What does Comcast have to do with "avoiding the wireless problems"? Regardless of your provider, you bring an Internet connection into the building and connect the Church managed firewall to it,whether that is DSL, Cable, or some other means.

Once the firewall is in place, you can connect wires, routers, switches, wireless access points, etc. as you desire (as long as you follow security protocol and it is approved by the FM group). Any issues with wireless are downstream from the firewall, and have nothing to do with the Internet Service Provider.

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Postby resimon3 » Sun Jul 13, 2008 10:36 pm

I'm just referring to other threads that I've been reading where people are having problems with their wireless ISP's, IP's, security questions, wireless router hardware, etc. I had Sprint wireless broadband once. It worked well for a few months and then I was loosing so much signal it would hardly work at all. After Sprint replaced everything a couple times they said I may want to find another provider. My neighbor around the corner continued service with them for years afterwards. Things like that.

Do you have any more comments on our Stake policy or how we are wiring the buildings?

resimon3
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Postby resimon3 » Sun Jan 25, 2009 11:20 pm

[INDENT]I just wanted to post an update to my original. After a few months of experience, the policy and the system are working perfectly. Clerks are enjoying the high speed internet for all MLS transactions. They are ordering supplies and doing their church communications via email. With the hard-wired system, clerks can run their big print jobs directly on the library or stake printer/copiers.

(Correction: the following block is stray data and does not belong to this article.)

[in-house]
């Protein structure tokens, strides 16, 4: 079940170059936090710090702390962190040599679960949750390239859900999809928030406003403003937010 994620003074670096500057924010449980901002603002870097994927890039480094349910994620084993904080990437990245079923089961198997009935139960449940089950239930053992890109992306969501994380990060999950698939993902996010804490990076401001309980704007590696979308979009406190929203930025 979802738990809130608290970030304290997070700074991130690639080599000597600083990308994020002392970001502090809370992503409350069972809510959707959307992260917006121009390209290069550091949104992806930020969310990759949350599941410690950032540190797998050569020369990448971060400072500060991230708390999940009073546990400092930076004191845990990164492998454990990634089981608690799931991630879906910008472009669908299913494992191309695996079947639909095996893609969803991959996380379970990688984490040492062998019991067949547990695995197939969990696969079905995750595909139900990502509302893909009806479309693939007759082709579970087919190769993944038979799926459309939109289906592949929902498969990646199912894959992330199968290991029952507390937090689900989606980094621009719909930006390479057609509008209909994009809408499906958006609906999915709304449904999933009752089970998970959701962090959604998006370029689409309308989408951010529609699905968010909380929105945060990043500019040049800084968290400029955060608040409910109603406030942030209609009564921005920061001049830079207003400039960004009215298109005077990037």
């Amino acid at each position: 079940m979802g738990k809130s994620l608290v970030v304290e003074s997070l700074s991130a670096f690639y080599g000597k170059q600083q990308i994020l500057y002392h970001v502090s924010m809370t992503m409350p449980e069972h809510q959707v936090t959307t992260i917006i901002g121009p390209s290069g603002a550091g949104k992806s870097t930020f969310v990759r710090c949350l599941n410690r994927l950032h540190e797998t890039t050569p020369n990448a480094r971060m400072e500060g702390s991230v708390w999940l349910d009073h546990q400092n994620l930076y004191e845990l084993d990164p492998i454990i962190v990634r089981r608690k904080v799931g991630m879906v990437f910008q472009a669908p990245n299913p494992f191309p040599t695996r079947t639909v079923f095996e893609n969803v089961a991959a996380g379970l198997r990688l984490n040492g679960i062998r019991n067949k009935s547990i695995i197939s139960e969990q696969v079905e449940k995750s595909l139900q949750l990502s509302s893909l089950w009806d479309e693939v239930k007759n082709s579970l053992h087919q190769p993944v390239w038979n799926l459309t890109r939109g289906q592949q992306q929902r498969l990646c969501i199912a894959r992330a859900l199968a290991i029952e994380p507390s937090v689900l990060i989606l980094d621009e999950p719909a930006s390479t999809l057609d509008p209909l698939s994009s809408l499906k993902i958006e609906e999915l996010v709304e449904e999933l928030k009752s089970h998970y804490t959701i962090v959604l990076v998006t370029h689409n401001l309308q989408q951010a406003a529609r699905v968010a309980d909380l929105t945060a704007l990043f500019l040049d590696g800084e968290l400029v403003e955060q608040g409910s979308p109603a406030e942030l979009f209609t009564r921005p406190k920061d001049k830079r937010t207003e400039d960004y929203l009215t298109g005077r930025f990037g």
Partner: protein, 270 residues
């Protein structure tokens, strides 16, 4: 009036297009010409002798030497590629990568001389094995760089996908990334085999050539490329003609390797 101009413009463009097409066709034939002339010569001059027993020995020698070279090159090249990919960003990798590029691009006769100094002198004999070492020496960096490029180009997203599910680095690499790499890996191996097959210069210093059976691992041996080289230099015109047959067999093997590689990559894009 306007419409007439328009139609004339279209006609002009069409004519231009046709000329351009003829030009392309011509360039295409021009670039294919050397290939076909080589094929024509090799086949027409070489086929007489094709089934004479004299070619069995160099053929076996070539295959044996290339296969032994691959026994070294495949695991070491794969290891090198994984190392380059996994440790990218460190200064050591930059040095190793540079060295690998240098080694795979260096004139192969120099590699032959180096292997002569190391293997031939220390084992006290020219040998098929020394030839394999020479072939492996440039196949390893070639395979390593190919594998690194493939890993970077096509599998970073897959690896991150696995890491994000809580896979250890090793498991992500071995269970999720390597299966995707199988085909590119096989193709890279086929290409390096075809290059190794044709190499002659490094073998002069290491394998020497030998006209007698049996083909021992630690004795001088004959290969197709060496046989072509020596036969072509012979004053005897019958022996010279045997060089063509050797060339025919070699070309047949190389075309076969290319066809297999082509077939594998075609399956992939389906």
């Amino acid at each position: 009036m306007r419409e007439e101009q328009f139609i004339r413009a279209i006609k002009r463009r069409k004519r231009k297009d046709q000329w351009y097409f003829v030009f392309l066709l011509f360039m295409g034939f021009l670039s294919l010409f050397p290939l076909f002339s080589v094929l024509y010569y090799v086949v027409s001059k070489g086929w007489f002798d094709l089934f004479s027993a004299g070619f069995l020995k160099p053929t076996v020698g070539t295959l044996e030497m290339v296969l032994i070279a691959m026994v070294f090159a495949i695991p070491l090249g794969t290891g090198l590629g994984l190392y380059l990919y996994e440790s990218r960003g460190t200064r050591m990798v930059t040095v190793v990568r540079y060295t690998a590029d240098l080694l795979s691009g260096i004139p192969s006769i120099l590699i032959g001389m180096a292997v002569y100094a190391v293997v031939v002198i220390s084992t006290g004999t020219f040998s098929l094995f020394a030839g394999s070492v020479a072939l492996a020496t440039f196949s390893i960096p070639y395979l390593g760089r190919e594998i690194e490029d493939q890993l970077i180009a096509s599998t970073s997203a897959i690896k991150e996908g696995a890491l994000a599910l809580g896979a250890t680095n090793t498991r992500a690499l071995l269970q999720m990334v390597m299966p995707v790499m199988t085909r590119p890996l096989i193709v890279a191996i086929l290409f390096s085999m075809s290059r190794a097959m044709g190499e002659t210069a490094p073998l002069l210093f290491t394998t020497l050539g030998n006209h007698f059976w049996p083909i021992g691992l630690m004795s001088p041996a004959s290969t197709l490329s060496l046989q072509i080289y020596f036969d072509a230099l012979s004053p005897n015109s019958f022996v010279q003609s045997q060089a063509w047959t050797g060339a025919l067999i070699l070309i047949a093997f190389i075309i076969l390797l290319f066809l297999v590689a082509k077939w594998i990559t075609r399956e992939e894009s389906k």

The family history class in my ward is having lessons on basic computer usage for family history applications, basic and advanced PAF, PAF/Family Insight, Ancestry.com, and other genealogy research engines on the internet. We've had as many as 7 laptops and PDA's in the class operating concurrently. Instead of taking extra time wiring and disconnecting them for each lesson, I connected one inexpensive wireless router to the port and everyone runs from that.

Both buildings are 70's vintage and nearly all wiring runs are through the underground ducts. There are only a few small, almost unseen, holes for the wires to come up. Many were run to the microphone jack wall plates. Special plates were purchased or custom made. A few ports are in small boxes in out-of-the-way places. FM didn't mind this approach at all. The policy describes the rooms where the ports are located.

Here is the updated version of the policy.


Stake Internet Use Policy



1/23/09


Internet ports are installed in the Ward Clerks’ Offices, Library, Relief Society Room, Primary Room, Cultural Hall and Chapel of both buildings. In the South building there is also a port in the Aaronic Priesthood room. In the Stake Center there are ports in the Nursery Room, Multipurpose Room, overflow area, and High Council Room. The ports in the clerks’ offices, libraries and High Council Room are always active. All other ports are active on an as-needed basis only and controlled from the library.
A church-provided filter controls the content of all internet activity. If a site cannot be accessed it is probably blocked by the filter. The filter is not perfect so care must be taken when using the internet.
The following policies are to be observed by everyone who uses the meetinghouse internet ports. If you have any questions please call the stake technology specialist: Richard Simon: (numbers given)
General Policies
A.In short, internet usage in the buildings is restricted to church related activities only.
B.The Bishop is responsible to ensure all internet use within the ward is appropriate.
C.All church owned computers like those used in the clerks’ offices will be audited periodically for appropriate use.